Ag economist puts farm bill into more user-friendly terms


COLUMBUS — With more than 600 pages and 15 titles, grasping a firm understanding of the 2008 farm bill can be daunting. But Ohio State University agricultural economist Carl Zulauf has made things a bit easier.

Zulauf has summarized the titles and accompanying provisions of the farm bill through a series of Web-based documents.

The papers cover four major areas: farm income and risk management programs, provisions of the other titles, the Supplemental Agricultural Disaster Assistance program, and the ACRE (Average Crop Revenue Election) program.

“These papers do not cover everything in the farm bill, but are meant to be a quick thumbnail sketch of major provisions that might be worth checking into and reading in the larger document,” said Zulauf.

More than just ‘farm’ bill. Zulauf, who has been analyzing farm bills since 1980, said he is astounded by the breadth and depth of the current farm bill.

“Farm bills, over time, have grown progressively larger and more comprehensive, and this one in particular is a wide-ranging omnibus bill,” said Zulauf. “It raises the question of whether or not it is appropriate to continue calling it the farm bill.”

Emerging themes. The four documents were compiled to emphasize specific themes that Zulauf sees emerging from the new farm bill.

For farm income support and risk management programs, the major theme is risk management and not payments to farmers.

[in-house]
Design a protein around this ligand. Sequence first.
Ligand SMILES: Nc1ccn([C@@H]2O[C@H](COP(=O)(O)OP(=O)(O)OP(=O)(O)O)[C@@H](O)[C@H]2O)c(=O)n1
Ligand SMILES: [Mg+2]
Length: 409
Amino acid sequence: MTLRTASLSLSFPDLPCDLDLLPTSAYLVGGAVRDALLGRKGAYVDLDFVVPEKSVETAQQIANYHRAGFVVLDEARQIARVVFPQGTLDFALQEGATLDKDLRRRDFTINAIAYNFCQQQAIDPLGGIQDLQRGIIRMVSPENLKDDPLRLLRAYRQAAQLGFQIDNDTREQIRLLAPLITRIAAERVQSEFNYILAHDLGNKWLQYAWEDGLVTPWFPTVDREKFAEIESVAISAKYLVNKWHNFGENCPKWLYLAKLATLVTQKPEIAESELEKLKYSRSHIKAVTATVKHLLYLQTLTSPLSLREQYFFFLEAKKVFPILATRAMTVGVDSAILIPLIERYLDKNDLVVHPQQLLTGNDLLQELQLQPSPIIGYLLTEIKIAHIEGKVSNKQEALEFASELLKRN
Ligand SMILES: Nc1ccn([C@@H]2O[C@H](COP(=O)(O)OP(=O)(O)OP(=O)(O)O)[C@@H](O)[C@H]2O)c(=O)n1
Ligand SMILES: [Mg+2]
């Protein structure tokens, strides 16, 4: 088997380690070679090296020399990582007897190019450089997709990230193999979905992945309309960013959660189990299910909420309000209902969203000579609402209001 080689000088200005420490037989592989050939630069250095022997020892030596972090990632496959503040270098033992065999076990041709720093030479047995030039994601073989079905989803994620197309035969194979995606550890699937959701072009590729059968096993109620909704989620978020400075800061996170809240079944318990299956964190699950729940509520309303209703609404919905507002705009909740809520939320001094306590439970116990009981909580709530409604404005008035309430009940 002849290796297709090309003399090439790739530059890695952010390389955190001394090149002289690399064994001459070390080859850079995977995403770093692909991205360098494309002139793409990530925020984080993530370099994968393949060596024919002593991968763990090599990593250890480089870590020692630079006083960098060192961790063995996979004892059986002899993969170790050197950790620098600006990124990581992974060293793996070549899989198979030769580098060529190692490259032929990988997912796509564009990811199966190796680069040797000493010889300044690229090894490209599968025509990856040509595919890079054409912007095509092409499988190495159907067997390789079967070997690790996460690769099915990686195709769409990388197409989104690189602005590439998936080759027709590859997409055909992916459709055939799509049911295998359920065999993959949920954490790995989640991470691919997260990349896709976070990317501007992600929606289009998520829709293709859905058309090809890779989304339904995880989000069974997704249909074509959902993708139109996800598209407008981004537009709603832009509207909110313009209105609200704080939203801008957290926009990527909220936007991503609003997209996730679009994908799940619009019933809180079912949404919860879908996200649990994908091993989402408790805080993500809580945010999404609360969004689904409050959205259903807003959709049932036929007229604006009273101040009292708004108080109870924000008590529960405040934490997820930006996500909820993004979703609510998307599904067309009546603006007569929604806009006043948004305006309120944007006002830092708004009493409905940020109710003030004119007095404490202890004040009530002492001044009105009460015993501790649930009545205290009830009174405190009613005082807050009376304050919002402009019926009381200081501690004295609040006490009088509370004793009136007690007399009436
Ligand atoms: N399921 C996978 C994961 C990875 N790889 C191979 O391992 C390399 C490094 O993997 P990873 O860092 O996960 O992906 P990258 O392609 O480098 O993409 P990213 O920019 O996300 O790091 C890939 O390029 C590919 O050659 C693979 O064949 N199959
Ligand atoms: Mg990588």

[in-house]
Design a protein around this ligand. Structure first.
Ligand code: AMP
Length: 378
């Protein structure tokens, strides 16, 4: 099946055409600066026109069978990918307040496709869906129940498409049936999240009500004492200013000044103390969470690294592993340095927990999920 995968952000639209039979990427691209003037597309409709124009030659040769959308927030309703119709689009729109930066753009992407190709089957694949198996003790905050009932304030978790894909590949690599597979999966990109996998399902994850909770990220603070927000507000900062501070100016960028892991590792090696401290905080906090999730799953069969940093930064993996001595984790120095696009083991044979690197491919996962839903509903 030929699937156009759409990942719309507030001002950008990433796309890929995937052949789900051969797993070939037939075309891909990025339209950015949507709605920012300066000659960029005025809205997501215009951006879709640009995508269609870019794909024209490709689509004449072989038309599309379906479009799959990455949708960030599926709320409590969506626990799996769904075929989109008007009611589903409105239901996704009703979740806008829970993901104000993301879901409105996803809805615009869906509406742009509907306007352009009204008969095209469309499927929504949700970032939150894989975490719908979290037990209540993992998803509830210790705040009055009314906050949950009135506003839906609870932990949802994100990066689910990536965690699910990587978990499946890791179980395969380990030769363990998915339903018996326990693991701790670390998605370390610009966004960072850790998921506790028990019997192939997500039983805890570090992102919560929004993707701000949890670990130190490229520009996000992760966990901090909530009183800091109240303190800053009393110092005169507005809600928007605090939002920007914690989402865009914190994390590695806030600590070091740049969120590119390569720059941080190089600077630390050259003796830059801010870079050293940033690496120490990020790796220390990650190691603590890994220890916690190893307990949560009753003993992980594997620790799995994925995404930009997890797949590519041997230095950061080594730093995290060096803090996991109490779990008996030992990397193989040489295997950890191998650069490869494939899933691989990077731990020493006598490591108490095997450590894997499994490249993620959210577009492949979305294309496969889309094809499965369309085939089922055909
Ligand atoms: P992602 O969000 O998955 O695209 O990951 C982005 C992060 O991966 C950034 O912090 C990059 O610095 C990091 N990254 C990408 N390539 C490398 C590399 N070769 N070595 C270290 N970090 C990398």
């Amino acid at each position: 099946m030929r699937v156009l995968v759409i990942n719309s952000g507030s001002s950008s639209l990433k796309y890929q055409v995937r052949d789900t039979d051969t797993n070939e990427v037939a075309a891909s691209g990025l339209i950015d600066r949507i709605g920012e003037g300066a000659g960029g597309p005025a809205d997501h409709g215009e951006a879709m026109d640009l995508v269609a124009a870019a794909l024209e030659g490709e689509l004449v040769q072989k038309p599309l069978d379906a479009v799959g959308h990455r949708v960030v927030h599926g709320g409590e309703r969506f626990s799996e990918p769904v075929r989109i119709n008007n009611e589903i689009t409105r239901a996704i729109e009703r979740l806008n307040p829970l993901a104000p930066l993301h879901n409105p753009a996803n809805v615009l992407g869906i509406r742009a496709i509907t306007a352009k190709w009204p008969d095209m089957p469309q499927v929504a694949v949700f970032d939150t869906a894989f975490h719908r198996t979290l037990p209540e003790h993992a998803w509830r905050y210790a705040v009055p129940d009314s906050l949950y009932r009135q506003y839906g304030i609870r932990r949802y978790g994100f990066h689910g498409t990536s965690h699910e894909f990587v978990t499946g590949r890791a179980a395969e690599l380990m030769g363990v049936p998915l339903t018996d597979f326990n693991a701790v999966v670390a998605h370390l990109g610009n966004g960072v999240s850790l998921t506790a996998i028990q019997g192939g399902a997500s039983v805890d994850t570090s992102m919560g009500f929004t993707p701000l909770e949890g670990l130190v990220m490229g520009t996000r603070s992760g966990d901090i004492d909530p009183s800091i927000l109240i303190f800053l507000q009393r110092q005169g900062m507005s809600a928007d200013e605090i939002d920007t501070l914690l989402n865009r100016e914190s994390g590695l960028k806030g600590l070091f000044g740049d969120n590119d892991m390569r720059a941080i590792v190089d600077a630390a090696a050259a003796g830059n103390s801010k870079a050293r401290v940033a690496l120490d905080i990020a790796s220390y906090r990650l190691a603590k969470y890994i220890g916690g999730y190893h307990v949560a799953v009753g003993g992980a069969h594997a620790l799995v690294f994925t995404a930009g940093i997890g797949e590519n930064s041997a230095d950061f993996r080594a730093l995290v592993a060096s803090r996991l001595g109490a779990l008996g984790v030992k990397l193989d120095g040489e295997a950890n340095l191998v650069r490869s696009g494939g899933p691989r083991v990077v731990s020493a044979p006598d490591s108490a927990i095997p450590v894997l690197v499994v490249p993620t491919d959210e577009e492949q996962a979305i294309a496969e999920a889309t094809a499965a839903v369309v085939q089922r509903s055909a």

“There has been this long-standing debate in farm policy about whether the objective of farm programs is to help farmers manage risk or to increase farm income. Congress clearly lies in the camp of risk management with this farm bill,” said Zulauf.

The ACRE program and the Supplemental Agricultural Disaster Assistance program are designed to help farmers manage different types of risk, he added.

“This focus is consistent with the economic environment in which we currently find ourselves: high farm incomes, but with high farm price volatility.”

Fruits and vegetables. Zulauf said another a significant change in the farm bill is the large number of programs dedicated to fruits and vegetables.

The programs expand demand for fruits and vegetables, and address production-related concerns, said Zulauf.

“If I’m not mistaken, the only large acreage crop that now does not receive support through some type of farm bill program is hay.”

On the horizon. Zulauf said that one of the biggest additions to the new farm bill is the attention directed toward nutritional quality, as opposed to quantity of food, in feeding programs.

Other provisions in the farm bill also receiving special attention from Zulauf include organic production, beginning farmers, socially disadvantaged farmers and limited-resource producers.

“Provisions on these topics appear in several titles. Whenever I see that, it suggests that Congress is particularly concerned about these issues. It’s not just the amount of money being spent, but the number of provisions,” said Zulauf.

“It alerts you that something bigger than an individual Congressional member’s concern exists, and it bears watching to see if this concern continues in future farm bills.”

Conservation programs. The current farm bill is also paying special attention to farm conservation programs, said Zulauf.

The Congressional Budget Office scores spending outlays for Title II farm conservation programs at 64 percent of the spending outlays for Title I farm programs, said Zulauf.

That percent ratio illustrates the increasing role of farm conservation programs, a trend that began with the 1985 farm bill, he added.


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